Damages Never Go Undetected With Ultrasonic Testing

Damages Never Go Undetected With Ultrasonic Testing

By Energy CIO Insights | Thursday, September 10, 2020

Ultrasonic testing is an updated method utilized by the operation and maintenance to detect deflects or damages in the various components of the power generation plants.

FREMONT, CA: Ultrasonic nondestructive testing, also known as ultrasonic NDT, is a technique for characterizing the thickness or internal structure of a test piece with high-frequency sound waves. The frequencies, or pitch, utilized for ultrasonic testing ideally range from 500 kHz to 20 MHz, several times higher than the limit capacity of human hearing.

In Industrial applications, the ultrasonic testing is widely used on metals, plastics, composites, and ceramics. The only common engineering materials that cannot be assessed utilizing ultrasonic testing with conventional equipment are wood and paper products.

Ultrasonic thickness gauges in the power industry are more often used to measure the damaged wall thickness of corroded process piping, tubing, and pressure vessels. The measurements process is quick and can be carried easily without requiring access to the internal structure or the need for the pipe or tank to be emptied. Other applications include thickness measurements of molded plastic bottles and containers. Even turbine blades and different precision machined or cast parts, rubber tires, and conveyor belts, fiberglass boat hulls, and contact lenses can be tested.

Sound waves travelling through a material will reflect off the flaws such as cracks and voids in predictable ways. An ultrasonic flaw detector generates and analyzes ultrasonic signals by creating a waveform display.  The waveform output is used to draw insights from by a trained operator in turn identifying hidden flaws in a test piece. The operator successfully determines the characteristic reflection pattern from a good part and then looks for changes in that reflection pattern that may any indicate flaws.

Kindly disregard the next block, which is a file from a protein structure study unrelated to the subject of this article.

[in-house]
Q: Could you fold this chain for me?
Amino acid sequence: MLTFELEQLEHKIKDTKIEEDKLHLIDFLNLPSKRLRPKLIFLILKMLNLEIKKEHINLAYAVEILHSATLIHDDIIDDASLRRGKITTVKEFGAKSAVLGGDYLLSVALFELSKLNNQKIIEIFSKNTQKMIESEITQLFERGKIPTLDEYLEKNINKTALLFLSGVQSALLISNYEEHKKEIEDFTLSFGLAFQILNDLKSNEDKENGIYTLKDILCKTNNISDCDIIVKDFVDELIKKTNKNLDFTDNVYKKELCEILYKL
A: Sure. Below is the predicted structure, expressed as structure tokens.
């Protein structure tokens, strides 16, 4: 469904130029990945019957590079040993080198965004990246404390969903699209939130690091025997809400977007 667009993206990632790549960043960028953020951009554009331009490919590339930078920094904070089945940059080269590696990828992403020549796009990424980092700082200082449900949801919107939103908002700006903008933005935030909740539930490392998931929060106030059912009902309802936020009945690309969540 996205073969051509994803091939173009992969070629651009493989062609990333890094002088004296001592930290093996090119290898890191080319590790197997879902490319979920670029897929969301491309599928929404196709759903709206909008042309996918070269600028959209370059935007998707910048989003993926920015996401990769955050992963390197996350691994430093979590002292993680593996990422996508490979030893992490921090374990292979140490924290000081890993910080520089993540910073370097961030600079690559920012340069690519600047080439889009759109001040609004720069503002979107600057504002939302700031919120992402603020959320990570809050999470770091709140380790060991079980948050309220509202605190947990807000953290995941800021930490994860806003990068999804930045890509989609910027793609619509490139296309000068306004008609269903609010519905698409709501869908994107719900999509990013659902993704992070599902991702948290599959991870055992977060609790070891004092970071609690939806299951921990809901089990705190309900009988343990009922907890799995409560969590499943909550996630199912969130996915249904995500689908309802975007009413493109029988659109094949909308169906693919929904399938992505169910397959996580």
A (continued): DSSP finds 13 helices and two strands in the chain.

Power generation and flaw-detection use cases comprise of turbine component inspections, for surface peeling, cracks, air entrapments and flaws in composite wind blades, windmill seam weld inspections, and bond testing of silicone coatings used on high-voltage power line insulators. Ultrasonic flaw detectors are widely applied in critical safety-related and quality-related applications in a power plant. Some of the flaws consist of structural welds, forgings, steel beams, pipelines and tanks, railroad rails, power turbines and other heavy machinery, ship hulls, castings, and many other applications.

Ultrasonic imaging system produces highly detailed pictures similar to X-rays, mapping the internal structure of any component with sound waves. Phased array technology, originally innovated for medical diagnostic imaging, is used in industrial scenarios to create cross-sectional pictures.

See Also: Metals And Mining Review

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